Inspired by R.A. Kartini's example, the Van Deventer family established the R.A. Kartini Foundation which built schools for women, 'Kartini's Schools' in Semarang in 1912, followed by other women's schools in Surabaya, Yogyakarta, Malang, Madiun, Cirebon and other areas.

In 1964, President Sukarno declared R.A. Kartini's birth date, 21 April, as 'Kartini Day' - an Indonesian national holiday. This decision has been criticised. It has been proposed that Kartini's Day should be celebrated in conjunction with Indonesian Mothers Day, on 22 December so that the choice of R.A. Kartini as a national heroine would not overshadow other women who, unlike R.A. Kartini, took up arms to oppose the colonisers.
In contrast, those who recognise the significance of R.A. Kartini argue that not only was she a feminist who elevated the status of women in Indonesia, she was also a nationalist figure, with new ideas who struggled on behalf of her people, including her in the national struggle for independence.

After Raden Adjeng Kartini died, Mr J. H. Abendanon, the Minister for Culture, Religion and Industry in the East Indies, collected and published the letters that Kartini had sent to her friends in Europe. The book was titled Door Duisternis tot Licht (Out of Dark Comes Light) and was published in 1911. It went through five editions, with some additional letters included in the final edition, and was translated into English by Agnes L. Symmers and published under the title Letters of a Javanese Princess.

The publication of R.A. Kartini's letters, written by a native Javanese woman, attracted great interest in the Netherlands and Kartini's ideas began to change the way the Dutch viewed native women in Java. Her ideas also provided inspiration for prominent figures in the fight for Independence.

There are some grounds for doubting the veracity of R.A. Kartini's letters. There are allegations that Abendanon made up R.A. Kartini's letters. These suspicions arose because R.A. Kartini's book was published at a time when the Dutch Colonial Government were implementing 'Ethical Policies' in the Dutch East Indies, and Abendanon was one of the most prominent supporters of this policy. The current whereabouts of the vast majority of R.A. Kartini's letters is unknown. According to the late Sulastin Sutrisno, the Dutch Government has been unable to track down J. H. Abendanon's descendants.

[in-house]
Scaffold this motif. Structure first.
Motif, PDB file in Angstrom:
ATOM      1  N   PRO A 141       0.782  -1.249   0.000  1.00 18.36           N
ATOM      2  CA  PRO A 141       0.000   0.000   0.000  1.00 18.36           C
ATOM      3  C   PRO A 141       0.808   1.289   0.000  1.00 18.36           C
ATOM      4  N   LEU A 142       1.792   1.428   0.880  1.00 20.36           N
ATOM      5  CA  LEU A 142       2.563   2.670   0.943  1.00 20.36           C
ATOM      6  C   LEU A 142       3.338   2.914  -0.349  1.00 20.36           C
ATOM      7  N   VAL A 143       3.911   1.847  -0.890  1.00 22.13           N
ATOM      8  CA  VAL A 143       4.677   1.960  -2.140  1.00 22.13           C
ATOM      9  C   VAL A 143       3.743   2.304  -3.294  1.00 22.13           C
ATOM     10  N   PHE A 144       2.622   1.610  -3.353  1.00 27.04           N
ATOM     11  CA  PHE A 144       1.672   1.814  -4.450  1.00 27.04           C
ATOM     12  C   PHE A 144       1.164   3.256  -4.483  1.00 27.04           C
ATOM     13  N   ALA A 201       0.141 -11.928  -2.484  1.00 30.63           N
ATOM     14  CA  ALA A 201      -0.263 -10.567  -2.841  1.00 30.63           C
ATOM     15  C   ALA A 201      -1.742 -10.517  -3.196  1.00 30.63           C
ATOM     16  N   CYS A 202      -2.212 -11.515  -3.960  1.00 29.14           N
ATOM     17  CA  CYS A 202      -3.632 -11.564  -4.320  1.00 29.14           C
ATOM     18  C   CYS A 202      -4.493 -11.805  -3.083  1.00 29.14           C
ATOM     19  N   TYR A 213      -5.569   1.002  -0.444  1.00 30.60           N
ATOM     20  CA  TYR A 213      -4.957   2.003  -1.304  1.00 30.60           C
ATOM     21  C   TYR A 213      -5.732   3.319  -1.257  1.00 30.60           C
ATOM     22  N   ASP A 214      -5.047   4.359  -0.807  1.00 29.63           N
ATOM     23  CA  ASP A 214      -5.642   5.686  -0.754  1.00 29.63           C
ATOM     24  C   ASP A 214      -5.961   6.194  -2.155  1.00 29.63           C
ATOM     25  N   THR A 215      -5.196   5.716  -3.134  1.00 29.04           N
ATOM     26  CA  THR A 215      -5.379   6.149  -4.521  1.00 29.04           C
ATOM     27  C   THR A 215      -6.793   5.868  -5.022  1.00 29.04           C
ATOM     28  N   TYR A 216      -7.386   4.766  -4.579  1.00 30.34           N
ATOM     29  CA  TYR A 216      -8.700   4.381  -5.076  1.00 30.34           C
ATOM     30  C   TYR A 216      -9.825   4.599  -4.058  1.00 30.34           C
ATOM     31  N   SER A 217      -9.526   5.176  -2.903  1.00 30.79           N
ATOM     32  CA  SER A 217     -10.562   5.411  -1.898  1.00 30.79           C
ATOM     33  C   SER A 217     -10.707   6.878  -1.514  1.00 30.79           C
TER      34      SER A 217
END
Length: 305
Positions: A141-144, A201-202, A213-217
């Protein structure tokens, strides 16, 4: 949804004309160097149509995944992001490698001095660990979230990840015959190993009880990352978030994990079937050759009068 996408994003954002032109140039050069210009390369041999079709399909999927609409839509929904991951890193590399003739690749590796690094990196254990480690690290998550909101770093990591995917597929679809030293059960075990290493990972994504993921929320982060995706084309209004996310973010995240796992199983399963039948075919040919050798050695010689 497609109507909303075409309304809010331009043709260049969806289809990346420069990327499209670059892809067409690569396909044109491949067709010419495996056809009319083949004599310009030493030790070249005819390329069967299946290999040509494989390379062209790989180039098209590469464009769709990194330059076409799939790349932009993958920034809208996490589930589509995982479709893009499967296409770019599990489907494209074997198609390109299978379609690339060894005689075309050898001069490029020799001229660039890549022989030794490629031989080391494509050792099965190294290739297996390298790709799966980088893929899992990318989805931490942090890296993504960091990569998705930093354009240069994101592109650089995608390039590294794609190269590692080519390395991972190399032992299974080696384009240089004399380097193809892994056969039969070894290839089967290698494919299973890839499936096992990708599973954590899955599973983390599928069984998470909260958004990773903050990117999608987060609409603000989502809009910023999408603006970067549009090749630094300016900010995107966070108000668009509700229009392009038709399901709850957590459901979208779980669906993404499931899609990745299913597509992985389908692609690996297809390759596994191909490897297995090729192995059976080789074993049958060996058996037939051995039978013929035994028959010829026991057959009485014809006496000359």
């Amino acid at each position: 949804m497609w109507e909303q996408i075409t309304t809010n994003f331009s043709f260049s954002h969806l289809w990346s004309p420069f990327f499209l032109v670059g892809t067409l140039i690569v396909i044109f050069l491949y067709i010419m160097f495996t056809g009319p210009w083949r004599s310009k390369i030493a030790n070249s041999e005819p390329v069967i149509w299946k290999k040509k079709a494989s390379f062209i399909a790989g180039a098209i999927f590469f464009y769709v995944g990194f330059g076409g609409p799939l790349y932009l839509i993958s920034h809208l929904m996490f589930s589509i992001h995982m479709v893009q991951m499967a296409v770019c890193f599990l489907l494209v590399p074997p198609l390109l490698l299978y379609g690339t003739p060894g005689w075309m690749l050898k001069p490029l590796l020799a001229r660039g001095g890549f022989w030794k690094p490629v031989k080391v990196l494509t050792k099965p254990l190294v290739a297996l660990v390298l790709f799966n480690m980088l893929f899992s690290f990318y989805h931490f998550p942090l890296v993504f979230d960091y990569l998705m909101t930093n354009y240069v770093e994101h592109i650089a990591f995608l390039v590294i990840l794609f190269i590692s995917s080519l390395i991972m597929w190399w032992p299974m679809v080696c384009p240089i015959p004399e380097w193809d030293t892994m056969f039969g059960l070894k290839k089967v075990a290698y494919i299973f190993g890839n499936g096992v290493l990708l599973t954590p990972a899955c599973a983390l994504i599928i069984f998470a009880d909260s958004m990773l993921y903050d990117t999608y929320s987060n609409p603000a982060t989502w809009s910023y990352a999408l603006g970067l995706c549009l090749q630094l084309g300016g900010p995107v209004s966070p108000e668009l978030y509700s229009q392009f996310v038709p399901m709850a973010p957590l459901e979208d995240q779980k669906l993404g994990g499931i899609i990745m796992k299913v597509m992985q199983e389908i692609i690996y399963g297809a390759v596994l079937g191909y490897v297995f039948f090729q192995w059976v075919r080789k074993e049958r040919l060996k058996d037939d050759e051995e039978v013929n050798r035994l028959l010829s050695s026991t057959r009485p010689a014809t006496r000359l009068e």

Condition of Indonesian women

In her letters, Raden Adjeng Kartini wrote about her views of the social conditions prevailing at that time, particularly the condition of native Indonesian women. The majority of her letters protest the tendency of Javanese Culture to impose obstacles for the development of women. She wanted women to have the freedom to learn and study. R.A. Kartini wrote of her ideas and ambitions, including Zelf-ontwikkeling, Zelf-onderricht, Zelf-vertrouwen, Zelf-werkzaamheid and Solidariteit. These ideas were all based on Religieusiteit, Wijsheid en Schoonheid, that is, belief in God, wisdom, and beauty, along with Humanitarianisme (humanitarianism) and Nationalisme (nationalism).

Kartini's letters also expressed her hopes for support from overseas. In her correspondence with Estell "Stella" Zeehandelaar, R.A. Kartini expressed her desire to be like a European youth. She depicted the sufferings of Javanese women fettered by tradition, unable to study, secluded, and who must be prepared to participate in polygamous marriages with men they don't know.


Raden Adjeng Kartini also expressed criticisms about religion[citation needed]. She questioned why the Quran must be memorised and recited without an obligation to actually understand it[citation needed]. She also expressed the view that the world would be more peaceful if there was no religion to provide reasons for disagreements, discord and offence[citation needed]. She wrote "Religion must guard us against committing sins, but more often, sins are committed in the name of religion"[citation needed]